1. FAA should clearly define the scope and objective of the proposed rule. Small business representatives stated that SMS should be viewed as a “process” to help regulated entities achieve regulatory compliance, and not an “outcome” in and of itself.(18) As such, they believe that FAA should limit the scope of the SMS rule to compliance with FAA regulations. That is, FAA should make FAA’s regulations SMS compliant. Attendees noted that FAA has historically imposed performance standards (i.e., regulations that set objective standards or goals that must be met, and permit industry to choose the method by which those goals are met) on the aviation industry, but the proposed SMS rule is intended more as a process standards (telling the industry how to accomplish the task, but failing to set an objective standard that would objectively show when a certificate holder has met the requirements of the regulations). While this is clearly intended to provide some flexibility, it will have the long term affect of limiting flexibility (because it precludes other approaches to, or advances in, safety management) and it also fails to provide an objective standard that can be tested to assess compliance.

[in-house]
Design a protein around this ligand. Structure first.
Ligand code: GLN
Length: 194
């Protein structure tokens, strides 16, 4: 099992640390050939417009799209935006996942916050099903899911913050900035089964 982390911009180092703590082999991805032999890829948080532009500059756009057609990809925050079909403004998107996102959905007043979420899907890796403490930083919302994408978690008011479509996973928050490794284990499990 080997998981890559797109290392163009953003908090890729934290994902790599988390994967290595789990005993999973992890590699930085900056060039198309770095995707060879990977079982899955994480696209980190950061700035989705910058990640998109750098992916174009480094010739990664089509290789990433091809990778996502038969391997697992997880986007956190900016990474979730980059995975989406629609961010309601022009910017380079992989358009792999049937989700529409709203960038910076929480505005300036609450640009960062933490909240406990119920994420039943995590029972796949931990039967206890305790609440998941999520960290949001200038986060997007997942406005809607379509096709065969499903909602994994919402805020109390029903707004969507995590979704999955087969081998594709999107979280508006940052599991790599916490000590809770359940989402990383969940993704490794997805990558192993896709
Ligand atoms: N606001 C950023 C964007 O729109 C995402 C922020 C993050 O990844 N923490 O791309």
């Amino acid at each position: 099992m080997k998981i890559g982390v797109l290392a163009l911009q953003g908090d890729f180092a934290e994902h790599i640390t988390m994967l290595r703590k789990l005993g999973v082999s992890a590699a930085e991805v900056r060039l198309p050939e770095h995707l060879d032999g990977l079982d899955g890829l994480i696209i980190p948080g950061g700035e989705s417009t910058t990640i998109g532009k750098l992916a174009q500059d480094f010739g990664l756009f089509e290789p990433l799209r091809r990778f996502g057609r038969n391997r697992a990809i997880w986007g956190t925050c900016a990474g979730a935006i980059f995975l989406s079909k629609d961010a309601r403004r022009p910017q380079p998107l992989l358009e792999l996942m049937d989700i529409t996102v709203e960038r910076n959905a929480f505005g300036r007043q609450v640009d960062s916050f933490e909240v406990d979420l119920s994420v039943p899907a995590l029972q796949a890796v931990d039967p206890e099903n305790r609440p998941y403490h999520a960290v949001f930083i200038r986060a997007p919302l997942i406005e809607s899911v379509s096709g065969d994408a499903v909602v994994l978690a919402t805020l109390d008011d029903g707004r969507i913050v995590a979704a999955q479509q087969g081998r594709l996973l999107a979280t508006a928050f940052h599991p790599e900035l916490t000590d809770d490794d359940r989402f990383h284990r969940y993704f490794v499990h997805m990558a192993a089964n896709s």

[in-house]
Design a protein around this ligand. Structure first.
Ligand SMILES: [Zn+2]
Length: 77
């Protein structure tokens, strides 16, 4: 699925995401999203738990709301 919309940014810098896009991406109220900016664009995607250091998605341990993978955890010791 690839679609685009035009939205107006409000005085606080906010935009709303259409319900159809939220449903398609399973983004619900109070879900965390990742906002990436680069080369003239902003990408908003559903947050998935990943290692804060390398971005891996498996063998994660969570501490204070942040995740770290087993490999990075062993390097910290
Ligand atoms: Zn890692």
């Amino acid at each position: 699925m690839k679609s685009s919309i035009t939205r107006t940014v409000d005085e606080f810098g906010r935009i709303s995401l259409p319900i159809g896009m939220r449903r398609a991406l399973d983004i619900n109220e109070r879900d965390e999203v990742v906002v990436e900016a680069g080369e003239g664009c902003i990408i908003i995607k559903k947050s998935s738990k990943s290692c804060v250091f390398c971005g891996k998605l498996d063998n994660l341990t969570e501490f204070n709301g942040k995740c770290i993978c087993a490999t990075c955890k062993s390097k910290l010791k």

Further, small business representatives noted SMS is more appropriate for large organizations with multiple silos (such as large air carriers) operating in complex and variable environments, but that it is too complex and costly for small, fixed operations, such as small parts manufacturers or repair stations. These small businesses representatives stated that small entities need to know what the rules are and what they have to do to comply. They also stated that it would be too costly to develop and defend their SMS programs as proposed. Further, as FAA makes clear, “[t]he SMS requirements, as described in this section, would not be considered a substitute for compliance with existing technical and performance standards.” Because the proposed rule includes regulatory mandates in addition to FAA’s standards, the benefits of SMS as a flexible system safety approach are undermined. This makes the purported scalability and flexibility for small entities illusory. Based on these comments, Advocacy recommends that FAA consider limiting the scope of its SMS rule to compliance with FAA regulations. Further, Advocacy recommends that FAA not extend an SMS mandate to other sectors of the aviation industry until SMS has been fully implemented with Part 121 air carriers over a period of years so that any unintended, negative effects can be identified and addressed.